“Call a code.” Who said that? I can’t see clearly.  Everything is misty gray. Heavy fog.
                “Charging. Two hundred. Everyone clear.”
                Two hundred what?
                Incredible pain in my chest.  Like lightning, an electric shock.
                “Charging three hundred. Everyone clear.” I can hear that.
                Three hundred what? I can’t see. I can’t smell the soapy smell of the nurse.
                “Charging three sixty. Everyone clear.” I feel nothing.
                Then I hear “Nothing. Time of death, 3:40 pm.”
                The deep voice I hear now is Mr. Mortimer. He’s the owner and director. The other voice, higher, is the young man I saw vacuuming the hall carpet while I sat with Mr. Mortimer. 
                I was an event planner.  Back then.  I told Mr. Mortimer that when I planned my own event with him.  We were in his office.  A very sedate office with dark furniture.  Of course, what would you expect in the office of a funeral director?  Wood floor. Cherry?  A nice Persian carpet with blues and greens. Walls a pale, corn silk yellow. A large blue and white Oriental vase in the corner with blue hydrangea that looked real.  They weren’t, though. Some things are real. Some things just look like they are.
                What’s he saying?  The background organ music is faint.  It’s turned down low, real low. I hope it’s not Amazing Grace, for heaven’s sake.  I put Rock of Ages on my list.  Wait! It is Rock of Ages.  He got it right.  He followed my list.
                My list was complete, no detail omitted. What cosmetics to use and I even gave him a supply. Bisque foundation, cream based delicate rouge, pink lip tint. A photograph of me so he could have my hair arranged the way I like it. A creamy long-sleeved silk Ralph Lauren blouse with lace along the neck line and at the wrists. I watched him hang that in a closet. Of course, it was in a monogramed garment bag with my initials for Deborah Olivia Armstrong. A necklace of perfect small seed pearls that have just a tint of pink.  A good event planner never forgets even the smallest detail.  I never did.  Any event I planned was perfect.  I did all types. Twenty-fifth silver anniversary parties. Weddings and receptions. Baby and bridal showers.  My planning was always perfect.  At least on my end. That’s what I said to him that day.
                “Oh?” Mr. Mortimer said, with his eyebrows raised. So I had to tell him what could go wrong at an event.
                “People,” I said. “People can ruin events. Every time. Brides spill red wine on their gowns before the ceremony.  Grooms smash wedding cake into the bride’s face. Oh, there are stories! Like the surprise twenty-fifth silver anniversary party the grown children planned but the parents, the honorees, didn’t show because they were at the lawyer’s getting a divorce.”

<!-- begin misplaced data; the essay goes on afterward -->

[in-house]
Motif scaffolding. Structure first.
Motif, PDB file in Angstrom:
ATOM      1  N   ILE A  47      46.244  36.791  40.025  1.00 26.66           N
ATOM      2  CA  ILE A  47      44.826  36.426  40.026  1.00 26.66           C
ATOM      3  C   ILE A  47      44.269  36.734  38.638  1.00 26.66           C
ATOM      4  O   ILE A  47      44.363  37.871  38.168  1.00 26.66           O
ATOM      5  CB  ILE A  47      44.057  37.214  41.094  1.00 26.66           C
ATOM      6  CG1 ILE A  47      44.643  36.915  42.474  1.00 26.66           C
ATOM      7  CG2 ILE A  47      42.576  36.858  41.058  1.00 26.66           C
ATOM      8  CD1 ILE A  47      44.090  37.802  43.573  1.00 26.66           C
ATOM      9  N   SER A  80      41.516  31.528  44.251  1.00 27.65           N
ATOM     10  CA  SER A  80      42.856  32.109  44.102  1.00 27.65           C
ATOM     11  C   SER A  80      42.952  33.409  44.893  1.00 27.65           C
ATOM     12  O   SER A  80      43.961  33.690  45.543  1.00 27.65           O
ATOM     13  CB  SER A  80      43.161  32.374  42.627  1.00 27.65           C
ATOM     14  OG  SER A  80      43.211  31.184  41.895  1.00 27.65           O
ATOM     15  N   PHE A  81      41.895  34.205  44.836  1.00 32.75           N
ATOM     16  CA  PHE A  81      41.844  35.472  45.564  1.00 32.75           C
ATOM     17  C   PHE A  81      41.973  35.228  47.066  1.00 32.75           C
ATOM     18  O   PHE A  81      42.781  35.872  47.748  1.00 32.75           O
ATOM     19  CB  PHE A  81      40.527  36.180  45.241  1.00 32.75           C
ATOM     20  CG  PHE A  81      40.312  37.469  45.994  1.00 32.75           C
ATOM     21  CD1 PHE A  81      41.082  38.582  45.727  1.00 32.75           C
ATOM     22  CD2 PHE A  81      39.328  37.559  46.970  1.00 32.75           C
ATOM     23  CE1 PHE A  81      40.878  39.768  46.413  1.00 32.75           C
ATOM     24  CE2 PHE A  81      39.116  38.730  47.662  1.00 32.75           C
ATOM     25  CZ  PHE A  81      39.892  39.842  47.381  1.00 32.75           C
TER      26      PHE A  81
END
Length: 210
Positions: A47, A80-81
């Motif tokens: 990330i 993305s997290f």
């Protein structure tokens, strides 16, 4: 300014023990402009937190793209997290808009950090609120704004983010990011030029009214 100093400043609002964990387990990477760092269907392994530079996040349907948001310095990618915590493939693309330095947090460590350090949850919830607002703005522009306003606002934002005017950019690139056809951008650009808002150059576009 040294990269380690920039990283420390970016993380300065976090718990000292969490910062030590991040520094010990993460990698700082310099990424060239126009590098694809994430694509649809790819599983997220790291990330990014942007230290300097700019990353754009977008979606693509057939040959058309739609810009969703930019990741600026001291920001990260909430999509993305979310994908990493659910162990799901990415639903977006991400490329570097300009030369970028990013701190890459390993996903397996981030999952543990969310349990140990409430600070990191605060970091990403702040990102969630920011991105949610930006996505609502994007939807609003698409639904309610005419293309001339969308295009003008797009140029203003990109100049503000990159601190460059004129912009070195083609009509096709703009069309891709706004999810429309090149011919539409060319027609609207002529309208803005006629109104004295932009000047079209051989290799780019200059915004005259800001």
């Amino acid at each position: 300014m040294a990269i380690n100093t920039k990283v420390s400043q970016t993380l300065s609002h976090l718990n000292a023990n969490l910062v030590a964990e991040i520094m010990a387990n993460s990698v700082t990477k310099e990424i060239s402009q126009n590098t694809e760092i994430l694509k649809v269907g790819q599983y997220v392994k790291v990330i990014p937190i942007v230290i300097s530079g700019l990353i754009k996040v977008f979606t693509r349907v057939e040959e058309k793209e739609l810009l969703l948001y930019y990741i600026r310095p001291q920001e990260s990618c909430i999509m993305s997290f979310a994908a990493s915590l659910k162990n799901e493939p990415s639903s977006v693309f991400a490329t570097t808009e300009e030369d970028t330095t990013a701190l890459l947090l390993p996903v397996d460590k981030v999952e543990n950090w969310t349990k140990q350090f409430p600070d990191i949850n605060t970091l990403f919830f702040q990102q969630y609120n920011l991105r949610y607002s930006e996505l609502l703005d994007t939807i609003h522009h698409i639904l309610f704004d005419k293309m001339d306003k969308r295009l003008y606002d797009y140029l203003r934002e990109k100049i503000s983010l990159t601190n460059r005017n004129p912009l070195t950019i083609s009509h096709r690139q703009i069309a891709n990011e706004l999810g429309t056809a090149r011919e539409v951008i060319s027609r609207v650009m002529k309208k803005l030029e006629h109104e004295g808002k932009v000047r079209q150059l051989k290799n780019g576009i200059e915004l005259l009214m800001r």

He smiled and nodded as I talked.  He didn’t say anything but I knew he understood.
                He helped me choose a casket.  I didn’t like anything he had in stock so he showed me his catalogue. What a high level catalogue, very impressive.  Burgundy leather, smooth to the touch, with laminated pages.  I chose the Sunset Bronze model with rounded corners and a soft velvet almond interior.  That would be a good background for my silk blouse.
                Of course I paid him for everything. The flowers (white roses with Maidenhair ferns and Baby’s Breath) were already pre-ordered and paid for at the florist right next to the funeral home. I gave Mr. Mortimer the receipt for the flowers as proof of payment.  I own a plot at Allegheny Cemetery on the North Slope, facing the Allegheny River. I gave him a map showing my plot location and a ground’s map. I opted for an angel statue as a head stone; the cemetery had it in storage. I owed it to myself to plan my own final event. That’s why I chose Mr. Mortimer. His reputation was excellent in the community. Event planning every detail.
         What’s he saying? Something about me being an event planner.  I can’t hear every word, wish he would come closer. He’s saying something about people.
                The boy’s voice is louder. “That’s a strange thing to say.  People ruin events?”
                I can’t make out Mr. Mortimer’s answer.
                It must not yet be viewing hours.  I don’t hear any voices except Mr. Mortimer and his assistant.
             They’re coming closer.  Their footsteps are soft on the carpet.
                “Time to lock up,” Mr. Mortimer said.
                Lock up? Already?
                “I’m surprised nobody came to the viewing,” said the assistant.
                The viewing was over? I heard a lock turning with a click.
                Mr. Mortimer must be walking near me, his voice is louder. “I gave her what she wanted. A perfect event.”
               “How so?”
                “I put her death notices in newspapers on the other side of the state.”
                “So no one would come. She planned a perfect event. I didn’t want it ruined by people.”
                Oh, didn’t I choose him well!
                Their footsteps faded away and I heard a final click of another door being locked.
                There was nothing left to hear.

Wednesday, February 1, 2012


Wisk together:
    One 15 ounce bottle Orville Redenbacher popcorn oil (in popcorn aisle)
    One tablespoon dry dill
    One tablespoon garlic powder
    One package dry Hidden Valley ranch dressing
Pour the above over:
    Four packages butter-flavored twisted pretzel sticks 

Stir every four to six hours until absorbed or put in sealed tupperware container and turn it over every four to six hours till absorbed.